As a parent, you probably want to do everything that you can to keep your son or daughter safe. This can become a lot tougher as your child gets older, however, especially if he or she is now driving. One thing that you might be concerned about is texting and driving, and you should know that this is certainly a legitimate thing to be concerned about. Text messaging while driving can make your teen 23 times more likely to get into an accident, so it’s important to take steps to discourage your teen from this dangerous activity. Luckily, there are a few things that you can do to help prevent your teen from texting while behind the wheel.
1. Make Sure Your Teen Has Proper Driving Training
Sometimes teens can be more receptive to things that they have heard from people other than their parents. Therefore, it’s important to choose a good drivers education class that will spend some time touching on the dangers of texting and driving. Compare driving schools, and ask an instructor if this is something that will be talked about during training to ensure that your teen will be getting the right training.
2. Use an App
There are a few apps out there that can be installed on your teen’s smartphone to help prevent texting and driving. Different apps work differently, but they generally prevent text messages and phone calls from coming in while your teen is behind the wheel. Some send back a response to the caller to let them know that your teen is driving.
3. Talk About the Dangers
It’s never a bad idea to sit down with your teen to talk about the dangers of texting and driving. Show your son or daughter the statistics and photographs and stories of the people who have been killed in these types of accidents.
4. Lead By Example
When it comes to cell phone use behind the wheel, it is important to lead by example. Make sure that you refrain from texting or talking on the phone when you are behind the wheel yourself. Otherwise, it will be harder for your teen to take you seriously when you lecture about the dangers of cell phone use when you’re driving.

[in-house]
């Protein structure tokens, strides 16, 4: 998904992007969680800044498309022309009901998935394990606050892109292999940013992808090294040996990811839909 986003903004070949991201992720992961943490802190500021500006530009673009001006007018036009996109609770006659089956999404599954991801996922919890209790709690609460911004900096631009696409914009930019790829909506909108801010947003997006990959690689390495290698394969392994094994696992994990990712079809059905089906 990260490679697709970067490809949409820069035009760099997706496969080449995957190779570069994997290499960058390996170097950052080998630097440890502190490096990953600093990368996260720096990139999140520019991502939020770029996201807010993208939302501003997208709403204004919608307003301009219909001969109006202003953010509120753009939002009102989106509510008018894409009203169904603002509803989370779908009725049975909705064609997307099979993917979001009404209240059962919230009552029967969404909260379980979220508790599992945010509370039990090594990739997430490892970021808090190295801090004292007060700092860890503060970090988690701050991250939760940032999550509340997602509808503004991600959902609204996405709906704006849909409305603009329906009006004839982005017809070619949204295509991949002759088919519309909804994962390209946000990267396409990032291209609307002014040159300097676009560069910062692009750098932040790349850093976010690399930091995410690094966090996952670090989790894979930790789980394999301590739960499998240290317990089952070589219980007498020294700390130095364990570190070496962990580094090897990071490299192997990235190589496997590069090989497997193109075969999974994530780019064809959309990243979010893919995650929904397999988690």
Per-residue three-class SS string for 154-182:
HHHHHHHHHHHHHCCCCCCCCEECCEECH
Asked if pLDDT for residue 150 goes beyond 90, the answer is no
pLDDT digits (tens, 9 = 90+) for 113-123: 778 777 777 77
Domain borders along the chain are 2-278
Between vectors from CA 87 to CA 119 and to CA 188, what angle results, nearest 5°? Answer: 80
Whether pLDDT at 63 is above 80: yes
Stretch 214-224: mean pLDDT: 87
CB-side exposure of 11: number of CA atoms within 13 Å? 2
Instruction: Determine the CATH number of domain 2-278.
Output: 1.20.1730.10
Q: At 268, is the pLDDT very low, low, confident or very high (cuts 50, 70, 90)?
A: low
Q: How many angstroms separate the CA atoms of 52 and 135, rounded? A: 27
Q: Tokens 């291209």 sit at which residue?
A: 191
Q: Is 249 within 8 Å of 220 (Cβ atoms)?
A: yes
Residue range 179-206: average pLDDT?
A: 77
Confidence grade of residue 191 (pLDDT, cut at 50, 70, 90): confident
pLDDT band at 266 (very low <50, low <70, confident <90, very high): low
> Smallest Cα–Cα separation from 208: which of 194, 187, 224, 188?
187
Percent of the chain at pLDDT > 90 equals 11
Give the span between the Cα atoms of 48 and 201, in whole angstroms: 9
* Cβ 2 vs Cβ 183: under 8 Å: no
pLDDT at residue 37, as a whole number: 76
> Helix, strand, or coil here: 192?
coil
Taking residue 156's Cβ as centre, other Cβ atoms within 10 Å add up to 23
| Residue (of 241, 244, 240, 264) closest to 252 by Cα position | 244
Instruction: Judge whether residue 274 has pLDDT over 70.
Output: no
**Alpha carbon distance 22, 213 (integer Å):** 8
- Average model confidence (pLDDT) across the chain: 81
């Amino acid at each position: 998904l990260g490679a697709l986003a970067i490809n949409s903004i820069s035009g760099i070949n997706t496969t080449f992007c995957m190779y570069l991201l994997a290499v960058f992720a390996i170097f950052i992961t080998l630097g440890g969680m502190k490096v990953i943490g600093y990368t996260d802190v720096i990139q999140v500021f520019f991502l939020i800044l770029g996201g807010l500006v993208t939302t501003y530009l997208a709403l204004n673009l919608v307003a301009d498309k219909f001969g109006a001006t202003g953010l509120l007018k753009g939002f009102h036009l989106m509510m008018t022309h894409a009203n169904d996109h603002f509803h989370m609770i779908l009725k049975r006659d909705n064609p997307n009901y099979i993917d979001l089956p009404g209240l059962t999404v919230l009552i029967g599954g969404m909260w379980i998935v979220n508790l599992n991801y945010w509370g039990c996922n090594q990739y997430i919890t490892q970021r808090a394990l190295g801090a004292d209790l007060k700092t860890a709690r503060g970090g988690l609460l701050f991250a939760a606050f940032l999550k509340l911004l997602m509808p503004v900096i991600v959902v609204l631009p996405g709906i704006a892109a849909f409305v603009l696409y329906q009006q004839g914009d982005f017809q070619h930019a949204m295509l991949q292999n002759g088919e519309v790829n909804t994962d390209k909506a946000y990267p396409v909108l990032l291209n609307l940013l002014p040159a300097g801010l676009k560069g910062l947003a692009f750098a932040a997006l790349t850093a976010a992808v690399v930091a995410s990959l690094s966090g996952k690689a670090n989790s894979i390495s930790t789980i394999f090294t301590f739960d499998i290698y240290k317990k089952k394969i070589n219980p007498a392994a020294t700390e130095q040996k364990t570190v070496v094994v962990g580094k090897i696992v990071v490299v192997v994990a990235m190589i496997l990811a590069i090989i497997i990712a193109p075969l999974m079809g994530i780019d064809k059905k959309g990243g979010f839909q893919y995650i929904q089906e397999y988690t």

Keeping your teen safe is probably one of the most important things to you, and this includes preventing your teen from texting and driving. Luckily, these are a few things that you can do to help prevent this from happening.
Transitioning to preschool can be difficult for both parents and children. If you are going to be going through this transition soon, then it is important that your child is well prepared. You shouldn’t expect that you can just drop your child off and he or she will know what they need to do. You want to be sure that you work on preparing them in the best way possible. Not only will this make it easier on your child, but it will also make it easier on yourself when it comes time to drop them off for the first time and easier for the teachers, as well. Here are four things that you should help your child prepare for:
- Bathroom Routine: First off, most preschools expect children to be potty-trained before being signed up for preschool. It is important that you have your child potty trained and ensure that you reinforce a good, hygienic bathroom routine. This will be expected of them once they go into preschool. Your child should know how to wash their hands and dry them on their own and they should know when they need to go. Let them know that it’s okay if they have an accident since it happens often to children their age. Making them feel stressed about it can often make keeping up with their bathroom routine more difficult.
- Being without You: Getting your child used to being without you can be easy if they were already in daycare and spent most of the day away from you anyway. However, if your child was most often home with you, then you probably want to get them used to not having you around. You can do this by leaving them with a babysitter for an hour or two a day. Also, let your child know that you will always come back for them and that it is nothing to worry about.
- Eating: Your child should know basic table manners once they start preschool. They should also know how to open certain things on their own, such as a juice box straw and a pack of crackers. It is important that they also know how to eat with a fork, for sanitary reasons. Sanitary habits are important to develop while attending preschool.
- Social Skills: Your child should understand the basics of sharing and interacting with other children. If they haven’t been around many other children in the past, then you may consider setting up playdates and getting them out to the playground to play with other kids before preschool begins.
By getting your child ready in these four ways, the entire transition can be done with a bit more ease and less fighting from your child. For more tips, talk to a professional like Miniapple International Montessori School.